City Tightens Tax Increment Financing Rules

  • Wednesday, November 2, 2022

Chattanooga City Council on Tuesday approved a number of enhancements to rules governing tax increment financing (TIF), a tool that allows the city to leverage future tax revenue to pay for public improvements by revitalizing blighted areas. 

Officials said, "Broadly, the changes will bring the city rules into line with state rules, while also strengthening the city’s ability to protect residents’ interests and respond to community needs."

“Our goal was to make the TIF policy predictable and easy to understand, but also to put some teeth into it,” said Jermaine Freeman, senior advisor for economic opportunity at the city of Chattanooga.

“These changes also improve our ability to administer and regulate TIFs more effectively, providing additional support for the staff who vet, negotiate and implement these economic development tools to help build One Chattanooga.”

He said, "Tax increment financing is a funding tool used by cities and counties to revitalize blighted properties. As these blighted properties are improved and developed, increasing their taxable value, the city sets aside part of the increase in property tax revenues to help fund public improvements in the area, typically improvements that catalyze the development.

"TIFs are typically enacted for a set number of years based on project needs. During this time, all existing property taxes continue to be collected as usual. Of the new taxes that are raised as a result of new development, the full school portion is still collected by Hamilton County. Only a portion of new revenues paid by property owners are set aside to help fund infrastructure and public works.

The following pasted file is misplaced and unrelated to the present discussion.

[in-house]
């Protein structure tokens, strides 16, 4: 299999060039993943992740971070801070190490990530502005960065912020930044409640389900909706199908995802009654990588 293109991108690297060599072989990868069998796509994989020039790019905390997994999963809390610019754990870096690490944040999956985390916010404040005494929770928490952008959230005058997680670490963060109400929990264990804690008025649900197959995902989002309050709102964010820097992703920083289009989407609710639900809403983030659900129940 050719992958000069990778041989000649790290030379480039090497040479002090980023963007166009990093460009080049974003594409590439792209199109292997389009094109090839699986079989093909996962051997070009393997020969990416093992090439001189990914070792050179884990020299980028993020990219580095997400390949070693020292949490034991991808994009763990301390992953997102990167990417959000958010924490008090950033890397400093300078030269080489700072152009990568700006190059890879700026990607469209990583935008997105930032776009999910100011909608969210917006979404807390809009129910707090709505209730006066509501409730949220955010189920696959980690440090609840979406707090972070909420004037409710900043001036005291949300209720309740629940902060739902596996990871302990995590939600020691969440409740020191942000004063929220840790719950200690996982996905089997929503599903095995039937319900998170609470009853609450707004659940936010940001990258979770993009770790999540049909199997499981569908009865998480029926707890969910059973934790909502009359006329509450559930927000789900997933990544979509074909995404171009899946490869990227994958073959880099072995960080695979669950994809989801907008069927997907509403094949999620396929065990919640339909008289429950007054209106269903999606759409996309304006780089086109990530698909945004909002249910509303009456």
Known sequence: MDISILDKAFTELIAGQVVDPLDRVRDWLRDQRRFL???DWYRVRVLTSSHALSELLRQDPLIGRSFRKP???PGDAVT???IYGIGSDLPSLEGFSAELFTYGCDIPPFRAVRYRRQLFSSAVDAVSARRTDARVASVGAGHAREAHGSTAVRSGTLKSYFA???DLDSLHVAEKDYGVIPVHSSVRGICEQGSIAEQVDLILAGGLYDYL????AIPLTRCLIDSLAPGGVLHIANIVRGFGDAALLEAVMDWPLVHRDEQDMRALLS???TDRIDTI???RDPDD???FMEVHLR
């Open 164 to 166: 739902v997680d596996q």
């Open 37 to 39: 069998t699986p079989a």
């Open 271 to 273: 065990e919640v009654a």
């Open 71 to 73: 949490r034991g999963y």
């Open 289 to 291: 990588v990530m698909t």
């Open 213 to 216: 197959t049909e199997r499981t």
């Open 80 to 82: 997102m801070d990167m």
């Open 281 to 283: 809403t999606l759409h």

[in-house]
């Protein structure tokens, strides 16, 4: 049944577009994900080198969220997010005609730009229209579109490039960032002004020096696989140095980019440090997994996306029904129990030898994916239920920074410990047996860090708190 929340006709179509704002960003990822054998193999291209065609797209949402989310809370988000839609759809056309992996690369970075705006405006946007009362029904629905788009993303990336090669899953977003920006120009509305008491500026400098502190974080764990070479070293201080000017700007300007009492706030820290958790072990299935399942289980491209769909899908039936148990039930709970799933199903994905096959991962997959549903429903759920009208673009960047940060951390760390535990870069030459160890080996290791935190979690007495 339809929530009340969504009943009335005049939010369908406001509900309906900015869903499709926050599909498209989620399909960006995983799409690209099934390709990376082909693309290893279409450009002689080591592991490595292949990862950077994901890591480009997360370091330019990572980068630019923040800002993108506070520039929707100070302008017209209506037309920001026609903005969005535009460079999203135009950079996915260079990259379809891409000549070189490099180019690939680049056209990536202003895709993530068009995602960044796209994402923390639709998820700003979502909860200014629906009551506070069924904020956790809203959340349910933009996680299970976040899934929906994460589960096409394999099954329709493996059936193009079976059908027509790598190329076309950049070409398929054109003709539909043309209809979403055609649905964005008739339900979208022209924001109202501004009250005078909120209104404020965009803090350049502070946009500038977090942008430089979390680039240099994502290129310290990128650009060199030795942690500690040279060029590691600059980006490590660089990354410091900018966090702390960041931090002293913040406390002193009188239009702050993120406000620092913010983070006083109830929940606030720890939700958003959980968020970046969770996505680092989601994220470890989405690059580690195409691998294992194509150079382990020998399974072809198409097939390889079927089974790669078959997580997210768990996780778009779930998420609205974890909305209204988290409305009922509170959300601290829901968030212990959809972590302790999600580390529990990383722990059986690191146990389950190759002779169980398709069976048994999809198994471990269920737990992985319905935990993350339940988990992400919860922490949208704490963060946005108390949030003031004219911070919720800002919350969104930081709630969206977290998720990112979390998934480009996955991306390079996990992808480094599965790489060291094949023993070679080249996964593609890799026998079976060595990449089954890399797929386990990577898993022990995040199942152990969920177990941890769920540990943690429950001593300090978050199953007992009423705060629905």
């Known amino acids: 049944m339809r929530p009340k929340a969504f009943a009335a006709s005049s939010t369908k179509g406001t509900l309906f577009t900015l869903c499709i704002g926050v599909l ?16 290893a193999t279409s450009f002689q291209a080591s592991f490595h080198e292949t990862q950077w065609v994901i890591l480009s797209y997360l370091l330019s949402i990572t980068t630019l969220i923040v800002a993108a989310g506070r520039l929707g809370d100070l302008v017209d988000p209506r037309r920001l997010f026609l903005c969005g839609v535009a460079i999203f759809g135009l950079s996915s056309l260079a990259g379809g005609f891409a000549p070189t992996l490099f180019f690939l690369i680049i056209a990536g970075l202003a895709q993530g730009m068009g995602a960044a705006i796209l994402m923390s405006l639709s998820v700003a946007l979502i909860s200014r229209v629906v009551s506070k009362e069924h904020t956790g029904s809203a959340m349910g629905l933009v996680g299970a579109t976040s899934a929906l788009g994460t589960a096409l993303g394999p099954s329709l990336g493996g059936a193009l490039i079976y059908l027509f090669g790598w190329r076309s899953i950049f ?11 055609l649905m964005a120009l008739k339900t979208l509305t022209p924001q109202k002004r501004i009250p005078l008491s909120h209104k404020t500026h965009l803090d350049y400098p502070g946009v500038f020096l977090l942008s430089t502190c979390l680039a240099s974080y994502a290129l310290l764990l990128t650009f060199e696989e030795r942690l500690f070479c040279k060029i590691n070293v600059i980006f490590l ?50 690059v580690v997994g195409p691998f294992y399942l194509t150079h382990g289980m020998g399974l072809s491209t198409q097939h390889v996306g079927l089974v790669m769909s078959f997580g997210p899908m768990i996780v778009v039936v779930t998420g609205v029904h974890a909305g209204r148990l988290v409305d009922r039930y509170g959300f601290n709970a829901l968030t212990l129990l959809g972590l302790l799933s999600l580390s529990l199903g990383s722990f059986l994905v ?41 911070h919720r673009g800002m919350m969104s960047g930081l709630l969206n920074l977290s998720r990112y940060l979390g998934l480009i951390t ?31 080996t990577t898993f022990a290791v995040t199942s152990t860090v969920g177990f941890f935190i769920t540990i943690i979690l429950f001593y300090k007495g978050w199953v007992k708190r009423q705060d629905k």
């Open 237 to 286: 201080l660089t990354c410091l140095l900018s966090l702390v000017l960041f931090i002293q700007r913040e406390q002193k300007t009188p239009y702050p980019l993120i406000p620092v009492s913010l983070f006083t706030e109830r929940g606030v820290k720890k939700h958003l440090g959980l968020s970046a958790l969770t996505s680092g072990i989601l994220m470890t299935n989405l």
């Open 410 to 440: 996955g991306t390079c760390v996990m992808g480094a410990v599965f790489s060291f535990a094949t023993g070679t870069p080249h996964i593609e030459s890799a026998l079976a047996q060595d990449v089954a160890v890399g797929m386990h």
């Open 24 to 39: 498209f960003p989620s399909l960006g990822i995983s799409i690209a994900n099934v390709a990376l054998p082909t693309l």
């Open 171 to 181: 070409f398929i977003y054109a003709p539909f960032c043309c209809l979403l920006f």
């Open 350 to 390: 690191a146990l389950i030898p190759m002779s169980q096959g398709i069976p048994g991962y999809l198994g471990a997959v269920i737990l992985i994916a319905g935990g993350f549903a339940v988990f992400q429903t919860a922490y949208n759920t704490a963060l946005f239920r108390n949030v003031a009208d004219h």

"The changes approved by the City Council align the city’s policies with state statutes, specifically regarding public infrastructure, the maximum term of a TIF, and the process for seeking state approval.

"The new maximum term of a TIF without seeking an exception will be defined as 20 years, matching the state statute. 

"The changes also increase the application fee to $8,000 from $1,500 previously, and increase the administrative fee levied on the TIF increment from 0.25 percent to 2.5 percent. As an example, the fee on an increment of $100,000 would rise to $2,500 from $250 previously. 

"As part of the submittal process, applicants will also be asked to disclose whether they are under indictment, have filed for bankruptcy, or are involved in civil or criminal litigation. 

"The city is also adding a requirement for applicants to sign an affidavit stating that the project can’t move forward without the TIF incentive - known as a “but-for” test - and requires documentation justifying the dollar amount and time period of the TIF."

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